Comparing the Purchasing Power Parity of Different Countries
A wide range of goods and services must be evaluated in order to make meaningful price comparisons across countries. However, due to the large amount of data that must be collected and the intricacy of the comparisons that must be made, this one-to-one comparison is difficult to achieve. The International Comparison Program (ICP) was founded in 1968 by the University of Pennsylvania and the United Nations to aid in this comparison.
With this program, the ICP's PPPs are based on a global price survey that compares the costs of hundreds of different goods and services. International macroeconomists can use the program to estimate global productivity and growth.
The World Bank publishes a study every few years that compares the productivity and growth of various countries in PPP and US dollars.
Weights based on PPP measures are used by both the International Monetary Fund (IMF) and the Organization for Economic Cooperation and Development (OECD) to create predictions and policy recommendations.
Economic reforms that are advocated may have an immediate short-term influence on financial markets.
PPP is also used by certain forex traders to identify currencies that are potentially overvalued or undervalued. Investors who own foreign company stock or bonds can use the survey's PPP numbers to estimate the impact of exchange rate swings on a country's economy, and consequently on their investment.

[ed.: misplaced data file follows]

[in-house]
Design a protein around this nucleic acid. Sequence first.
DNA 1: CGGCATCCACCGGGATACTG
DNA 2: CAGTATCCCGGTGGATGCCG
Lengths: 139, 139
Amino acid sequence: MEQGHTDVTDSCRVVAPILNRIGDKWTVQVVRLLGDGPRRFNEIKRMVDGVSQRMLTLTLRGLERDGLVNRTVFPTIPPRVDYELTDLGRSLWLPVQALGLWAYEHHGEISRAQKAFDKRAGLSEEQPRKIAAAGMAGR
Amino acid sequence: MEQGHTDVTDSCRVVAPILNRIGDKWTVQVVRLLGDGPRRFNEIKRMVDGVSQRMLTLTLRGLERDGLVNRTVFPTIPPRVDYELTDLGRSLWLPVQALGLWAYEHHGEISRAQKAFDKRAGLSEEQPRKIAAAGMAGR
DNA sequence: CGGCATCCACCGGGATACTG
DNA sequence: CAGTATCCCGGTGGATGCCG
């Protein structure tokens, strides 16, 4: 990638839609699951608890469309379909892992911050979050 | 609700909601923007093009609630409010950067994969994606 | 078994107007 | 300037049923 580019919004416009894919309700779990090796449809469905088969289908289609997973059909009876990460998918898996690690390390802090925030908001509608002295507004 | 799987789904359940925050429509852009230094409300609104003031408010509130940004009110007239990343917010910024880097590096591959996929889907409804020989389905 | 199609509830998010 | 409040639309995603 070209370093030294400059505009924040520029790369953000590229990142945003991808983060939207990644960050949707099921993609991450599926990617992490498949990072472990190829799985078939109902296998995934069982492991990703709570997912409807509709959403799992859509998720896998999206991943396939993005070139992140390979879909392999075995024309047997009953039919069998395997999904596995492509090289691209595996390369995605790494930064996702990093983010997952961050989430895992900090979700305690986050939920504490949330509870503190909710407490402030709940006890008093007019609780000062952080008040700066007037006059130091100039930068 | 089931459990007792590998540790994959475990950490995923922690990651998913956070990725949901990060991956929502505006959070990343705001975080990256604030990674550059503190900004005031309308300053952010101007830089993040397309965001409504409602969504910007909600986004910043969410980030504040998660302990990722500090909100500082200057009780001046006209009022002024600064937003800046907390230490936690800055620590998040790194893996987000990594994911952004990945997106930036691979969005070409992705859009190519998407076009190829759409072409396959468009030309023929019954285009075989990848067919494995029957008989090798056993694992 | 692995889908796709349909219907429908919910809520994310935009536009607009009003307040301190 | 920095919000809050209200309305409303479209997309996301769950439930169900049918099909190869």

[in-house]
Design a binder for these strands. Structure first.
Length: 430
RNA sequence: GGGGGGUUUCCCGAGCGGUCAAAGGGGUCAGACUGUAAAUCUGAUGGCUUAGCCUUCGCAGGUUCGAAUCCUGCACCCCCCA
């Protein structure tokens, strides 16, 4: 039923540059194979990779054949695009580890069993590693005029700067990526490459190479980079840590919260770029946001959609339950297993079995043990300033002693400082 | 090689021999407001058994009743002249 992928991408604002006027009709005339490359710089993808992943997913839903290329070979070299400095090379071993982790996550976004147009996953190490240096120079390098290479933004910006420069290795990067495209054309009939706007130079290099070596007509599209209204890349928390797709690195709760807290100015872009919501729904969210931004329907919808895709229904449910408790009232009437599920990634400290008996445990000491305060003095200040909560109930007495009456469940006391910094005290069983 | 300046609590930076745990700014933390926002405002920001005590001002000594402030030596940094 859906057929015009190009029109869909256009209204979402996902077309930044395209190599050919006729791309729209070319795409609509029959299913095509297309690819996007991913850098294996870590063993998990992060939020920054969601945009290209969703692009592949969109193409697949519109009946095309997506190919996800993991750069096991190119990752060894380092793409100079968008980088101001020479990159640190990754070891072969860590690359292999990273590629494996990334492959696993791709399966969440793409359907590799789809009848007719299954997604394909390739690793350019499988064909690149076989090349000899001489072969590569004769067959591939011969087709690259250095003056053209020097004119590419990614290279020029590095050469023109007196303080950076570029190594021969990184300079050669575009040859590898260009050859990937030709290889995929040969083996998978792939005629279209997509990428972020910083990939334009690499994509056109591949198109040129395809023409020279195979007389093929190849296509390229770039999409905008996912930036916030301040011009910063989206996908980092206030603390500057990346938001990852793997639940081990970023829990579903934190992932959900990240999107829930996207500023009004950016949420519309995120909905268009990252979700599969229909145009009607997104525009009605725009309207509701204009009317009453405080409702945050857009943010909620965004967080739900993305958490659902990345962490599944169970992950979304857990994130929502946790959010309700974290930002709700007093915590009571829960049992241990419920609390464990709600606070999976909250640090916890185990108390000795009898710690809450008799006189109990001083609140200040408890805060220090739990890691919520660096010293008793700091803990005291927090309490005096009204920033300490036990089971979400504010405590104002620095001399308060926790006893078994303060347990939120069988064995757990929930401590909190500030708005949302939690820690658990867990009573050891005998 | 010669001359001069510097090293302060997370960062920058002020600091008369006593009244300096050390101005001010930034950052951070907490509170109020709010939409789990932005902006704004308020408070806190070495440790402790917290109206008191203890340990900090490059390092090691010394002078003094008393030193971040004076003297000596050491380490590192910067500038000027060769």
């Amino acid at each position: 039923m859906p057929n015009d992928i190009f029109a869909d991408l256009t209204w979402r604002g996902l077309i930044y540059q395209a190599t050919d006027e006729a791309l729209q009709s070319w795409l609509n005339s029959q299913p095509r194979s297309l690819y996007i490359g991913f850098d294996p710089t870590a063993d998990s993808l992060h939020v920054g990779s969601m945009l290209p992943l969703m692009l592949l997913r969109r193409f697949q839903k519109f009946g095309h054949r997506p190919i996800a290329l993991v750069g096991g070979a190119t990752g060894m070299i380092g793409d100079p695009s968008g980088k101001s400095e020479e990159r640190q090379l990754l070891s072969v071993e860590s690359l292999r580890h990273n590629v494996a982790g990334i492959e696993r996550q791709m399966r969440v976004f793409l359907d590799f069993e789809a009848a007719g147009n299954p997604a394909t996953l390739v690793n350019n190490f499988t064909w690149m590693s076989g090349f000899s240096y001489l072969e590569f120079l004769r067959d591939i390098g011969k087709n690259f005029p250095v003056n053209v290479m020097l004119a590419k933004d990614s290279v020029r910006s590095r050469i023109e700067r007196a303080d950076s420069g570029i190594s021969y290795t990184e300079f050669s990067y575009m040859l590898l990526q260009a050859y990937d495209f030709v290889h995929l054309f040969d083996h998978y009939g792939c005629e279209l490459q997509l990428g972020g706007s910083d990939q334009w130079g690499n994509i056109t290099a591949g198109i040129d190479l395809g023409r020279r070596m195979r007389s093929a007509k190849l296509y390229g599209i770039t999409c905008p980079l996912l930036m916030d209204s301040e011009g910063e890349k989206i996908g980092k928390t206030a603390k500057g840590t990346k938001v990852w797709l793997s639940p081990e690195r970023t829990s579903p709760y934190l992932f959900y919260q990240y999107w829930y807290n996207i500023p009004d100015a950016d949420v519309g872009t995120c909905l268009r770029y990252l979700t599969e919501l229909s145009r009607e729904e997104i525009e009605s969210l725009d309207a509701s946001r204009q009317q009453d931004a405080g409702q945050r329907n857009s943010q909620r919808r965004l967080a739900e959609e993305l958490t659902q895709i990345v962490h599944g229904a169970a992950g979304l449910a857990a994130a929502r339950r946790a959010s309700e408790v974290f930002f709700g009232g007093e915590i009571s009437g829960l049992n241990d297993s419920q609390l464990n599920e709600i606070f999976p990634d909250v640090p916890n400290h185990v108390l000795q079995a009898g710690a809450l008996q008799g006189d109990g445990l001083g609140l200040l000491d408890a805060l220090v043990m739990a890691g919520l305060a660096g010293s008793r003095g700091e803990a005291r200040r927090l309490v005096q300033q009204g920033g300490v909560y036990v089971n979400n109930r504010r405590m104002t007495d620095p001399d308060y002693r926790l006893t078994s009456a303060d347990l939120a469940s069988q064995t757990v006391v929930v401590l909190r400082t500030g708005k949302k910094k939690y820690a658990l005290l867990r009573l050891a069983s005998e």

The Relationship between Purchasing Power Parity and Gross Domestic Product
Gross domestic product (GDP) is a term used in modern macroeconomics to describe the entire monetary worth of goods and services generated inside a country. The monetary value of nominal GDP is calculated in current, absolute terms. The nominal gross domestic product is adjusted for inflation to produce real GDP.
Some accounting, on the other hand, goes even further, adjusting GDP for the PPP value. This adjustment aims to transform nominal GDP into a value that can be easily compared across nations with various currencies.
Consider a scenario in which a shirt costs $10 in the United States and ˆ8.00 in Germany to better understand how GDP and purchase power parity function. We must first convert the ˆ8.00 into US dollars to make an apples-to-apples comparison. The PPP would be 15/10, or 1.5, if the exchange rate was such that a shirt in Germany costs $15.00.
To put it another way, for every $1.00 spent on a shirt in the United States, it costs $1.50 to buy the identical garment in Germany using the euro.
The Relative Economic Strength